Stainless Steel Wire Mesh Flowfields For Polymer Electrolyte Fuel Cells

Christine Zawodzinski, Mahlon S. Wilson and Shimshon Gottesfeld Electronic and Electrochemical Materials and Devices Research Group, MS D429 Los Alamos National Laboratory, Los Alamos, N.M. 87545


The advantages offered by the PEM fuel cell, efficient power generation with little or no environmental emissions, low operating temperature, and non-liquid/non-corrosive electrolyte, make it attractive as a potential power source for transportation and for portable and stationary power generation applications. Fuel cells have been successfully demonstrated in a number of aerospace, utility and military applications, however, the high cost of fuel cells compared to conventional power generation technologies has delayed their potential widespread use. Stack manufacturers have historically used high-platinum loading membrane/electrode assemblies (MEAs) and intricately machined graphite bipolar plates, which have made the cost too high for most commercial applications. We have thus focused our efforts on decreasing the cost of these components in order to demonstrate an inexpensive, yet high performance PEM fuel cell. Here, we describe the design and demonstration of a 100 cm2 (active area) cell that utilizes ultra-low platinum loading MEAs and inexpensive, stainless steel wire screen flow-fields.

Membrane/Electrode Assembly

Our efforts in the design of this cell involved adapting ultra-low platinum loading technology developed at Los Alamos [1] to reproducibly fabricate larger-scale, high performance MEAs. This was achieved using a computer-controlled chart-recorder process that has been previously described [2], A typical MEA consists of a 100 cm2 active area catalyzed Nation™ membrane (Nafion 112 from DuPont) and two E-TEK (Natick, MA) carbon cloth backings. The platinum loading is approximately 0.14 mg Pt/cm2/electrode, which corresponds to a dramatic decrease in total stack platinum content and significantly reduces the cost of the MEA.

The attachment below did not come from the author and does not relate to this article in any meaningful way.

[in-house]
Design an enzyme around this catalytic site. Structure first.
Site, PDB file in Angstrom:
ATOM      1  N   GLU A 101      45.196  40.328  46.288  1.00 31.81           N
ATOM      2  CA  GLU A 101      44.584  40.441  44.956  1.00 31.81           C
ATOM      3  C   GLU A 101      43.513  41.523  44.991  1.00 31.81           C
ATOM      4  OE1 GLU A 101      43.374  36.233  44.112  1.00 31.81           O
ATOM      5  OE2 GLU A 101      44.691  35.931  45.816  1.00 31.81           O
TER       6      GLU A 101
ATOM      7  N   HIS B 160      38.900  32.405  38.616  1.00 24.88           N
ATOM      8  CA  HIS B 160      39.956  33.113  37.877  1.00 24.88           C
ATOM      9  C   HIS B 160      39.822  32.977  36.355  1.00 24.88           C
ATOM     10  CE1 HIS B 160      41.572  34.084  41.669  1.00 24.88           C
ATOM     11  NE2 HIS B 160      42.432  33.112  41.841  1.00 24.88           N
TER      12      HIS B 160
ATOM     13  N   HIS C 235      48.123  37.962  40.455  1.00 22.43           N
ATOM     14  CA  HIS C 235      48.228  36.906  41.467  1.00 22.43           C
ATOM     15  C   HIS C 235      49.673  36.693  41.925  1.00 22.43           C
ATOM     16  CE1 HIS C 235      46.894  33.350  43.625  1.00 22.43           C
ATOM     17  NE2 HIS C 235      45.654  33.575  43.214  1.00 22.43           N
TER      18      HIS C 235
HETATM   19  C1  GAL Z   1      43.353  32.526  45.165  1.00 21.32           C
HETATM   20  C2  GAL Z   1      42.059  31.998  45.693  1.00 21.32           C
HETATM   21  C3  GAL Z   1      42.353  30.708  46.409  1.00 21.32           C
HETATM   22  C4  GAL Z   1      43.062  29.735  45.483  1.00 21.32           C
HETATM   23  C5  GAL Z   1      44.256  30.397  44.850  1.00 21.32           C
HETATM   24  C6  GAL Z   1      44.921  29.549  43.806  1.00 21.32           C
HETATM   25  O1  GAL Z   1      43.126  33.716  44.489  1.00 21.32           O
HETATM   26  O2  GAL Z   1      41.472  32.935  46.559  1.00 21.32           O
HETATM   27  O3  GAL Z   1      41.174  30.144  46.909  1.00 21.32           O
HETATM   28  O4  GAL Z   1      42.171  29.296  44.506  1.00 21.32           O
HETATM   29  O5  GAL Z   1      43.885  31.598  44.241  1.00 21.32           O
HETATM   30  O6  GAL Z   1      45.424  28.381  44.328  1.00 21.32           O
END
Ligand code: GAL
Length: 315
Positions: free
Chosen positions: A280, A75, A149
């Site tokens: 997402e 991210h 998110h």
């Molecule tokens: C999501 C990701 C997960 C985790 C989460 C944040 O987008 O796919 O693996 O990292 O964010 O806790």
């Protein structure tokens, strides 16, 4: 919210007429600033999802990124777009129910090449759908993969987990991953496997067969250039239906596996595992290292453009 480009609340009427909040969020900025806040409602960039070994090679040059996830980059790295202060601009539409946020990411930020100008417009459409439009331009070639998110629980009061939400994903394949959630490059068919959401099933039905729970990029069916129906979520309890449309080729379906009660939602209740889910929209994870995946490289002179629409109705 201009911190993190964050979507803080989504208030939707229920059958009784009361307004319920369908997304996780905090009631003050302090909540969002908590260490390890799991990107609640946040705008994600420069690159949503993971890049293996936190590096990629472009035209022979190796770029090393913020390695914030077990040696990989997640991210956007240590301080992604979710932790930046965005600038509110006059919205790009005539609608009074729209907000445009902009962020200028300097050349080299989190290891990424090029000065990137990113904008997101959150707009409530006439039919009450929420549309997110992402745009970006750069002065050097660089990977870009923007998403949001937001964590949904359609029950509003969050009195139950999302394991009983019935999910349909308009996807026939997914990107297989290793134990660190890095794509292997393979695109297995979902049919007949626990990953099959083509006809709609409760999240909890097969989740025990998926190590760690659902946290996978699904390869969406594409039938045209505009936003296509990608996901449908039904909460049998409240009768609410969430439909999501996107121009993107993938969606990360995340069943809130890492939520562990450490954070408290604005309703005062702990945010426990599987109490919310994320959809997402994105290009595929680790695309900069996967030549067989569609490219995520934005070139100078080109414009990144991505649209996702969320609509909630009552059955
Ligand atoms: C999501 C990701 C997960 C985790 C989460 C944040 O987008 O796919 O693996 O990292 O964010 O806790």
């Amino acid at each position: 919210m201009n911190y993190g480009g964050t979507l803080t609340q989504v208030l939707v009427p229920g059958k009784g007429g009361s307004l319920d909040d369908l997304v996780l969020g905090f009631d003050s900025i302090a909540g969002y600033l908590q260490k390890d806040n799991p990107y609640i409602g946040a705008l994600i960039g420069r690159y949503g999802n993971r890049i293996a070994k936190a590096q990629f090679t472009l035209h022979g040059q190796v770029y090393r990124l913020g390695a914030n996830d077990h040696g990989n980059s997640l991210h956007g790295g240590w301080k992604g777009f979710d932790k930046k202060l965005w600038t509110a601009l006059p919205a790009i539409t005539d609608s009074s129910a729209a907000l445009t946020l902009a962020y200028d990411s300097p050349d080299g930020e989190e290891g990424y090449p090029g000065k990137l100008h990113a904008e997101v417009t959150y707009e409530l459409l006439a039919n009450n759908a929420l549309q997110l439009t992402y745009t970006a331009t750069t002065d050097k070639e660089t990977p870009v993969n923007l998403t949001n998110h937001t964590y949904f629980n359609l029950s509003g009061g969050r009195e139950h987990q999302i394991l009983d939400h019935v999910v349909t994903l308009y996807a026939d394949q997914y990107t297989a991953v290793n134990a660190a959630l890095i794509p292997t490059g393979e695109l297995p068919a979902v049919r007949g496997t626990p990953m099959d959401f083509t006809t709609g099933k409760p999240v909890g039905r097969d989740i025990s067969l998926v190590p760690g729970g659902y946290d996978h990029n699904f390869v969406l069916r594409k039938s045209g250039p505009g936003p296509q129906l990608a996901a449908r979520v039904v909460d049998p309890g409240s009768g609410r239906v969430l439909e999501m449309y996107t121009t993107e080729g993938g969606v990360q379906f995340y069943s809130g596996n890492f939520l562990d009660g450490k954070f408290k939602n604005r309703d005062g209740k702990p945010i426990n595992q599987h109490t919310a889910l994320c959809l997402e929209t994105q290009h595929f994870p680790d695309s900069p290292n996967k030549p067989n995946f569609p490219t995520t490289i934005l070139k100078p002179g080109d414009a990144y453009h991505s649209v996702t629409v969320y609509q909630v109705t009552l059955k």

Figure 1. Components of a unit cell utilizing wire-screen flow-fields, metal foil separators, and a Picture Frame MEA.

Wire Screen Flow-Fields and Unit Cell Configuration

More recently, we have focused on replacing machined graphite or machined metal flow-fields with inexpensive, off-the-shelf wire screens and foils [2]. The flow-fields are based on simple woven wire-mesh screens of various stainless steels, which can be sandwiched around a thin metal plate of the same material to create a bipolar plate/flow-field configuration for use in a stack. Major advantages of using stainless steel wire screens include the elimination of expensive raw materials as well as machining and/or other special fabrication costs. Many types of screens are readily available in a variety of thicknesses and mesh sizes. The screens are also relatively light-weight in comparison to thick graphite or solid metal plates. Another advantage of metal screen hardware is that the screens and foils are not brittle, thus very thin unit cells may be possible. The wire screen flow-field consists of a sandwich of two screens, a coarse mesh and a fine mesh, that sit within a compressible gasket "frame" backed by a thin, metal foil (Figure 1). The fine mesh screen, which is situated between the coarse mesh screen and the MEA, allows adequate reactant access to the MEA while protecting the carbon cloth backing from squeezing into the coarser screen. The MEA is encased within a thin metal "picture frame" which simplifies sealing and manifolding and has the added benefits of making the MEA easy to handle and align within the cell during assembly. Cooling plates (not depicted in the figure) can be provided as well by sandwiching two unit cells around a wire-screen flow-field.

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